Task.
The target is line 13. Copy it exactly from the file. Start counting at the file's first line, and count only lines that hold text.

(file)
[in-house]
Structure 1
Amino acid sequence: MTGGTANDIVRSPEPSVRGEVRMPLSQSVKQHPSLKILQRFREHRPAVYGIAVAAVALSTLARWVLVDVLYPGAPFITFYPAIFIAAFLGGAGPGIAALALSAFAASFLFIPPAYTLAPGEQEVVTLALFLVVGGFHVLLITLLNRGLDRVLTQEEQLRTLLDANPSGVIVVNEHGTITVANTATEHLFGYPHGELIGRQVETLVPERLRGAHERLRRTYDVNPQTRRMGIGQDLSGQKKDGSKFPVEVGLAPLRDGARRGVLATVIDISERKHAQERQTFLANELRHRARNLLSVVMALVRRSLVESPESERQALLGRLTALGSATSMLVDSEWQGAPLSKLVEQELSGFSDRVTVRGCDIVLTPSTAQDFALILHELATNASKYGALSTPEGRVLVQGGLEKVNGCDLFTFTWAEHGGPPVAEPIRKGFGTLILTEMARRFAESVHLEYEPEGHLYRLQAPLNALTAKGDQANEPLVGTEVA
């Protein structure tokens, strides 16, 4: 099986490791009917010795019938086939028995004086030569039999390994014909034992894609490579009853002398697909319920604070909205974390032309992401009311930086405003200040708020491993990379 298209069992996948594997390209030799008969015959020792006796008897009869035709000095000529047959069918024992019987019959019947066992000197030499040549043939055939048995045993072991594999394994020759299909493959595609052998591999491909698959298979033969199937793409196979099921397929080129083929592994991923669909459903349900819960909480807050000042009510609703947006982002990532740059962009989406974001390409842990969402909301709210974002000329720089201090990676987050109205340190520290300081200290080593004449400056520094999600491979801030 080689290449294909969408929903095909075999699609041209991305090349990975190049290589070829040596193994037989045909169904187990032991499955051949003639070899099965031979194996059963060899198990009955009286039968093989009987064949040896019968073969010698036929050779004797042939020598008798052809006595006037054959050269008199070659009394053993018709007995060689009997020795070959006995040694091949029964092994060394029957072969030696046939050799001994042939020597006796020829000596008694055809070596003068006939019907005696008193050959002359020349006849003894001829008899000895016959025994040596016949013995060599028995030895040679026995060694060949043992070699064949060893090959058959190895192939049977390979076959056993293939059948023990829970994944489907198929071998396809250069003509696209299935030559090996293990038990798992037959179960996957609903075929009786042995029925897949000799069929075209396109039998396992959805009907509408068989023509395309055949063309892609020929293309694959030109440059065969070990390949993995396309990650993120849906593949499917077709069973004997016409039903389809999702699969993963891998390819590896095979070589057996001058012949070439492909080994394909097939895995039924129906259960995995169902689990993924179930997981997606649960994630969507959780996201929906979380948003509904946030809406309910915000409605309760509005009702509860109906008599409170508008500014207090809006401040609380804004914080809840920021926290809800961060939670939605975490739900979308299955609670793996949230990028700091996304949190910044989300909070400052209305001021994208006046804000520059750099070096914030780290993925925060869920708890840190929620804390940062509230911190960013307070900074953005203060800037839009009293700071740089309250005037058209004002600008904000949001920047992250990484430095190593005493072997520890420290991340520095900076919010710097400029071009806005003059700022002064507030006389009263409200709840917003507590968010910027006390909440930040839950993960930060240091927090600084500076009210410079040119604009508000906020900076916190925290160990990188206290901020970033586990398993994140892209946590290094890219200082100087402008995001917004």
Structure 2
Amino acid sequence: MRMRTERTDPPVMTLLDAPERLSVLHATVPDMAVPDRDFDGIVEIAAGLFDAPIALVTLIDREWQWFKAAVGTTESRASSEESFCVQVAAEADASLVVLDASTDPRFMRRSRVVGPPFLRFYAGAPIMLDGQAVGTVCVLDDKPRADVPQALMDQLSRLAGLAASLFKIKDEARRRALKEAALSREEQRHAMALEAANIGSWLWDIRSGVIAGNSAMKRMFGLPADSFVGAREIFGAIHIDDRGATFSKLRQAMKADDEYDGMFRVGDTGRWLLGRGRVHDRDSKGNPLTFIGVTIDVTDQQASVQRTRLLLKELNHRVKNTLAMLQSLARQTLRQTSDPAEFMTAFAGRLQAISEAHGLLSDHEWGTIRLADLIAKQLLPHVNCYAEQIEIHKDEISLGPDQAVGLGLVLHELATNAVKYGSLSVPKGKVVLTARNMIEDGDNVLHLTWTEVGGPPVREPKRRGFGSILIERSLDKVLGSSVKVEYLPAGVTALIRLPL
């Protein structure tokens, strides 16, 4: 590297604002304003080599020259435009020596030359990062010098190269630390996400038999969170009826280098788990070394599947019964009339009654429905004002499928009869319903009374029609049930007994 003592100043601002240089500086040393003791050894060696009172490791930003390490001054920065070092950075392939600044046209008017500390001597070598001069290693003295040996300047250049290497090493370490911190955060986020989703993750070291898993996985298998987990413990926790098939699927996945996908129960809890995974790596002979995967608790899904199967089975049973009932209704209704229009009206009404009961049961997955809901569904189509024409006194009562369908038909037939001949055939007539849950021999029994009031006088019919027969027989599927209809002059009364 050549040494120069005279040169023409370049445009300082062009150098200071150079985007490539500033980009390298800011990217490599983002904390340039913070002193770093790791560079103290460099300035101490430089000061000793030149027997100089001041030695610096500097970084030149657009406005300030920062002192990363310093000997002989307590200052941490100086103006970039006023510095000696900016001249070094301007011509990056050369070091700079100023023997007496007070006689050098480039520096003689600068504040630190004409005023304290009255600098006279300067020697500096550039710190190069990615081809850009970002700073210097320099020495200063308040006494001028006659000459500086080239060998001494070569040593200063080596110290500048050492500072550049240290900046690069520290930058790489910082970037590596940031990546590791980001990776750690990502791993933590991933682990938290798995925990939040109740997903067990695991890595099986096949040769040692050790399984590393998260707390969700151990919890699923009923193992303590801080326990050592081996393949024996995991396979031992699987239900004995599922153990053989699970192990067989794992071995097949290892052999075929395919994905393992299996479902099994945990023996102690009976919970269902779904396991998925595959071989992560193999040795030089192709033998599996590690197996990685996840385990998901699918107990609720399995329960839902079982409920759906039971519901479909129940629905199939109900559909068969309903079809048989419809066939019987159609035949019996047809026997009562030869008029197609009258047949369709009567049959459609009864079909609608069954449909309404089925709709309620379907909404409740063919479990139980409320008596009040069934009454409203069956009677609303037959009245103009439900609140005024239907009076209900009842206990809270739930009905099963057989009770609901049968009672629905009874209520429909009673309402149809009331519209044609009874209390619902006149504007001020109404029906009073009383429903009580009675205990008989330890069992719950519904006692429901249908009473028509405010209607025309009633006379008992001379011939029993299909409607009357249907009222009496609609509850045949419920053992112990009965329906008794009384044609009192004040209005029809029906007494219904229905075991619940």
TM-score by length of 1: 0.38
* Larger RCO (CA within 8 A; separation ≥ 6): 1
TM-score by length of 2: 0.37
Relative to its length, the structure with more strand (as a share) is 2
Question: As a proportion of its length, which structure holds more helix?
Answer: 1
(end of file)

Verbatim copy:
Answer: 1